Praying During Mass

This is a topic that’s very important to me, and I’d like to see if anyone can provide quotes on the subject. While I appreciate what’s really going on at Mass, and have no desire to offend God, the presentation often disgusts me. Banal music, rewording of the readings, and even heretical or misguided preaching are common features of many parishes (indeed, most of the ones in my area.) It makes me furious when I see this, to the degree that I feel I would be sinning to receive communion in that state, so I need something to distract my attention away from these errors.

In the past, I’ve done so by simply whispering the Lord’s Prayer to myself over and over again, but I was wondering if there are any other prayers that it’s permissible to say during these non-prayer-like segments of Mass, in order to keep from focusing on all this disrespect of the Blessed Sacrament.

Thanks in advance.

P.S.: I do, of course, still give all the proper responses to the actual prayers. They don’t usually mess those up.

Could you give some examples of the heretical and misguided preaching?

I believe that God is more concerned with what s going on in the hearts of his believers (anger, faith, etc) than in a boppy tune during Mass. I think that historically, when Mass was in Latin and few people were sure what was going on exactly, most people did their own pious thing at Mass and that was fine.

I have a quote for you from ‘The Raphael Document,’ written by Marie- Adele Garnier in the mid- to late 1800’s. She was a French woman who founded the Tyburn Nuns. In her younger days she was a nanny and years afterward an old charge asked her how to be holy. The result was the Raphael Document, a long letter written in encouragement, like Raphael to Tobias. She writes:

*"For assistance at Mass… occupy your mind with any pious thought whatever. Very gently recall the graces you have received in the course of your life. Pray for those you love. Tell Our Lord again and again that He has been good to you in a manner far beyond what you were hoping for; say thank you to Him again with your heart. Renew your fixed determination never again to turn your back on Him… Say a decade of the Rosary. Meditate on word which has struck you in an instruction, a conversation or a spiritual letter.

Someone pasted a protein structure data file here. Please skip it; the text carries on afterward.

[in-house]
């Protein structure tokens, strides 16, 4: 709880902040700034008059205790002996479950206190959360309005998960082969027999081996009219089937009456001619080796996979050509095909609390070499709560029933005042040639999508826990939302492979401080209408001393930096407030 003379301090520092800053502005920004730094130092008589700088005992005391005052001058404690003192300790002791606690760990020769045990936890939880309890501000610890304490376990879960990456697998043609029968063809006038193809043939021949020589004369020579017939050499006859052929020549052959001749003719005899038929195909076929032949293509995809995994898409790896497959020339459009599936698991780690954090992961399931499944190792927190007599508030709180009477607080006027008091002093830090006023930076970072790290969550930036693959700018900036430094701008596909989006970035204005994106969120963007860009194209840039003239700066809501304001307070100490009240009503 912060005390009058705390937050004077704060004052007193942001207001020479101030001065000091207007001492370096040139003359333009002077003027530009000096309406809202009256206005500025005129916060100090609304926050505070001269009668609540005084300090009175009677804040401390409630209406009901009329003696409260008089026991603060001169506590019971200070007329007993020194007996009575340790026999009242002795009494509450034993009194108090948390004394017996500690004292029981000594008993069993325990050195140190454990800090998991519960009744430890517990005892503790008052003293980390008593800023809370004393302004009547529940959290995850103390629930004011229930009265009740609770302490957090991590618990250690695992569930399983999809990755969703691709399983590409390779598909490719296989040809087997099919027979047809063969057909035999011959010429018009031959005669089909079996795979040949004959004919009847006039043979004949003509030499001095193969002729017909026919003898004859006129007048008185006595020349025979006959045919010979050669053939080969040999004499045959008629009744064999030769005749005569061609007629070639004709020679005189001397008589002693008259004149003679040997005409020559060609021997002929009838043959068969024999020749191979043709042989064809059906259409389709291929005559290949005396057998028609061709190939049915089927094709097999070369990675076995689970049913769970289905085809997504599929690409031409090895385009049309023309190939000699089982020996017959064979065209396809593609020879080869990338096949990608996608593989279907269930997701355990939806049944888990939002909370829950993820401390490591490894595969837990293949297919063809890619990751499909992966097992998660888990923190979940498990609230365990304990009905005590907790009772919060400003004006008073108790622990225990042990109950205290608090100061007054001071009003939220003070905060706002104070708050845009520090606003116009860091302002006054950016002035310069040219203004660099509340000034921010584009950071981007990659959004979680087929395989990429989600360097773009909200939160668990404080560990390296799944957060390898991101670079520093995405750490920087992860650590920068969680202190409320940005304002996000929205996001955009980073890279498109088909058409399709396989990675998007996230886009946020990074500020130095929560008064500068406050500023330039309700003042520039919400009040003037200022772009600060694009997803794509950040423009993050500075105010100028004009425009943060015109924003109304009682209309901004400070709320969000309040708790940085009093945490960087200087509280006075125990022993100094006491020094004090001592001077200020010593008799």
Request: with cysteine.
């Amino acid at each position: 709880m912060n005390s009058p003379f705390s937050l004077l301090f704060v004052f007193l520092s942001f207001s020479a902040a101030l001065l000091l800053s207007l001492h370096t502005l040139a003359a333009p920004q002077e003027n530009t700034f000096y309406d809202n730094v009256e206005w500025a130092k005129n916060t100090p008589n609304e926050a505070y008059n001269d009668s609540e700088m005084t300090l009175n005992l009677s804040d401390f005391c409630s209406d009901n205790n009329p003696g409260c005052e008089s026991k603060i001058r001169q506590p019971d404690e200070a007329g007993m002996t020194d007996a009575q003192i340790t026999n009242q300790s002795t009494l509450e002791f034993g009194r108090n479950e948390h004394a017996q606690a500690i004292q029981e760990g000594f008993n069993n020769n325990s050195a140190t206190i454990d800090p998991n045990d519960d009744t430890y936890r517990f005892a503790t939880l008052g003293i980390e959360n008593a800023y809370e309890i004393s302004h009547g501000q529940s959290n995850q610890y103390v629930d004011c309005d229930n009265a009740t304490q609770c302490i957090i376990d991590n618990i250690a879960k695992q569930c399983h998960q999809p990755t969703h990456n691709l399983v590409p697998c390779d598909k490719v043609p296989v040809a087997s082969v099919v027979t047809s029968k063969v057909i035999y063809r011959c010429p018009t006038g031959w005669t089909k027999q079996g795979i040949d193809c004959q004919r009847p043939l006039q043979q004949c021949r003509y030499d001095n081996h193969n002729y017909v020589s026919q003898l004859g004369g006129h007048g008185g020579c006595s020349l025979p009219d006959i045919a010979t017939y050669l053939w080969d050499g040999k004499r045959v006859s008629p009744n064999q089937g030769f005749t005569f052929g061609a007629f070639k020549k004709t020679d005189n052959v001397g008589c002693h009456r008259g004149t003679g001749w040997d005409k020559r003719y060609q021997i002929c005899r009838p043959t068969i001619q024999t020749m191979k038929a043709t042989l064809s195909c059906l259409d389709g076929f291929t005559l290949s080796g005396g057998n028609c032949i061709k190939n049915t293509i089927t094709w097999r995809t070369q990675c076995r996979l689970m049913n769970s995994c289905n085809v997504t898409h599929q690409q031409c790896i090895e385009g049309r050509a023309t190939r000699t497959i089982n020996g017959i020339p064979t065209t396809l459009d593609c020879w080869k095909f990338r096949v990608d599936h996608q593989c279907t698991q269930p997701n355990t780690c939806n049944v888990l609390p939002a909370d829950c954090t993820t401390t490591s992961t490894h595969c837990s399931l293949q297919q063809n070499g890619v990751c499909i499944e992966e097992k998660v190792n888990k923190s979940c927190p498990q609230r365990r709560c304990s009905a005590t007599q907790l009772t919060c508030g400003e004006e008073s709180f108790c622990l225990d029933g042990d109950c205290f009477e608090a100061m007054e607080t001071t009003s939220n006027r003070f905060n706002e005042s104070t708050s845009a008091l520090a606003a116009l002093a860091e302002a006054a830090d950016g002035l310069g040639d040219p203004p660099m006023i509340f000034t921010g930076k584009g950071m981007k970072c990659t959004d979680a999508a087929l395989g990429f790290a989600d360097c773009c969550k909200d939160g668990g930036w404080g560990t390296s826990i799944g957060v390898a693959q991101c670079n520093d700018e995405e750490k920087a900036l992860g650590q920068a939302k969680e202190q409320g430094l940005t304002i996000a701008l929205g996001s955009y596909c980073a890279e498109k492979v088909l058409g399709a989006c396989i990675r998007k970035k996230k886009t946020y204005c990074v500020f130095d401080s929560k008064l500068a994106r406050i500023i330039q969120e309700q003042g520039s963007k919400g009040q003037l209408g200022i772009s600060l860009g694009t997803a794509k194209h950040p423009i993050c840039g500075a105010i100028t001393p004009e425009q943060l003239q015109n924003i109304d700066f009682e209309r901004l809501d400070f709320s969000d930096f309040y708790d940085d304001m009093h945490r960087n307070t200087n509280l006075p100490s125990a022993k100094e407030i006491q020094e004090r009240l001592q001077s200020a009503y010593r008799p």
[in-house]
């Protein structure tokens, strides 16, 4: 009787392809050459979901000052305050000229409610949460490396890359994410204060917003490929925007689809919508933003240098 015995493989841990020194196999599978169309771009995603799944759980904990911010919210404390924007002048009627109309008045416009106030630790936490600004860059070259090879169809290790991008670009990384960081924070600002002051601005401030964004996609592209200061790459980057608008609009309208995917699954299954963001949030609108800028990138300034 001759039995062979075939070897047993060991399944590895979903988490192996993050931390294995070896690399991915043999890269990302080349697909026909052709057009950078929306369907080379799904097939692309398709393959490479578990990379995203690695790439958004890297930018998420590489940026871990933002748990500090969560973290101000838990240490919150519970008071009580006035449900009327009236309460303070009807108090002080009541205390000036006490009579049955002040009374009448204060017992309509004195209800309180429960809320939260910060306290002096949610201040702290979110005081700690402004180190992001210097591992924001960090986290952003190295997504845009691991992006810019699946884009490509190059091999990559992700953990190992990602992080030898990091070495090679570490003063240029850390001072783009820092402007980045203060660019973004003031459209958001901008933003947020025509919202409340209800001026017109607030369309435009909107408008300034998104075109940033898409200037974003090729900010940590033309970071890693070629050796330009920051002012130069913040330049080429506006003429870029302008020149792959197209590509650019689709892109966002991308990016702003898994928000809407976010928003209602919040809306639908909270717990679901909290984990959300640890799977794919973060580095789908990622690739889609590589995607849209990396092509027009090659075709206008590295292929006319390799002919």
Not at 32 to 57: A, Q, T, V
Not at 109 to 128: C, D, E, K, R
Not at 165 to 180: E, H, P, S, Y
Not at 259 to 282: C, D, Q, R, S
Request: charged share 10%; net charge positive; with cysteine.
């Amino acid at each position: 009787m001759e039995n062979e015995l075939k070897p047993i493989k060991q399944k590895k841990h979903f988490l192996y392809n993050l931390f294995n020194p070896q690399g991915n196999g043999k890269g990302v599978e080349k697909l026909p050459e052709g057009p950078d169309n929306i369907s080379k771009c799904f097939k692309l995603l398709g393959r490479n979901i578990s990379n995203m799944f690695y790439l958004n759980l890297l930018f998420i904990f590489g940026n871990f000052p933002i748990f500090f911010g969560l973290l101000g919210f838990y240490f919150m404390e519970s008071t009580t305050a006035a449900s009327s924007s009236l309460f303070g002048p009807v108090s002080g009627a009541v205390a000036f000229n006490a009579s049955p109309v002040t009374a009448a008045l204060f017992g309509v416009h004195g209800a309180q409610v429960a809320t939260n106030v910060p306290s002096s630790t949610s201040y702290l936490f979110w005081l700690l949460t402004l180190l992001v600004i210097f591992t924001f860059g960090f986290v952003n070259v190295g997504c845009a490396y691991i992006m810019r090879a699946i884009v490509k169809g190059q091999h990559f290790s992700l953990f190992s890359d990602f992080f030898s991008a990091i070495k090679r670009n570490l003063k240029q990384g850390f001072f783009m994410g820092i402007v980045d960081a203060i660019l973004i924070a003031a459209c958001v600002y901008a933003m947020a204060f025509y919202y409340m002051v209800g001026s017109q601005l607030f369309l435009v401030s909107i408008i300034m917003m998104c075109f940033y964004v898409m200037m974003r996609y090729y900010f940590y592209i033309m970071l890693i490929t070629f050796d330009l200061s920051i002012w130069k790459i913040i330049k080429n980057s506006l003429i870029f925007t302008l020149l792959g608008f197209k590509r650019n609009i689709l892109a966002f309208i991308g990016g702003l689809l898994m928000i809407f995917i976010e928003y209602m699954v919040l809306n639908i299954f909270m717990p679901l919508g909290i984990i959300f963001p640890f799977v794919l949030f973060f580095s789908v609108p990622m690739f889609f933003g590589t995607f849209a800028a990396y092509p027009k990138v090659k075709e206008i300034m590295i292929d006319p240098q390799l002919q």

Distractions ought to be renounced without violent effort, just as one chases away a fly… all with the same clam, the same peace, the same simplicity. Above all, no annoyance. Once the soul is annoyed it becomes a little feverish. In a word, have a heart to heart talk with Our Lord about any subject whatsoever, either speaking to Him of Himself or converse with Him confidentially about yourself. Let us say all that our heart desires, fears, feels."*

I know how hard it can be to think holy thoughts when the stranger’s toddler next to you is playing noisily with the car keys and every now and then gets away with jabbing them into you, while you try to listen to a priest telling you that the Church is wrong about everything. I figure that God wants us, completely His for that time, specially. If that means disengaging with our surroundings a little bit or perhaps rather focussing intently on one thing to the exclusion of another, so be it.

I would pray over and over to myself:

Lord Jesus Christ, have mercy on me a sinner.

Lose yourself in the Mass. Pray to God, talk to Him. Live in the moment and remember that Jesus is renewing the Sacrifice right there regardless of what is going on around you.

Don’t feel obliged to follow every word that is being said by the priest.

You should try a Tridentine Mass. It allows you to really ‘lose yourself’ in the Mystery of God.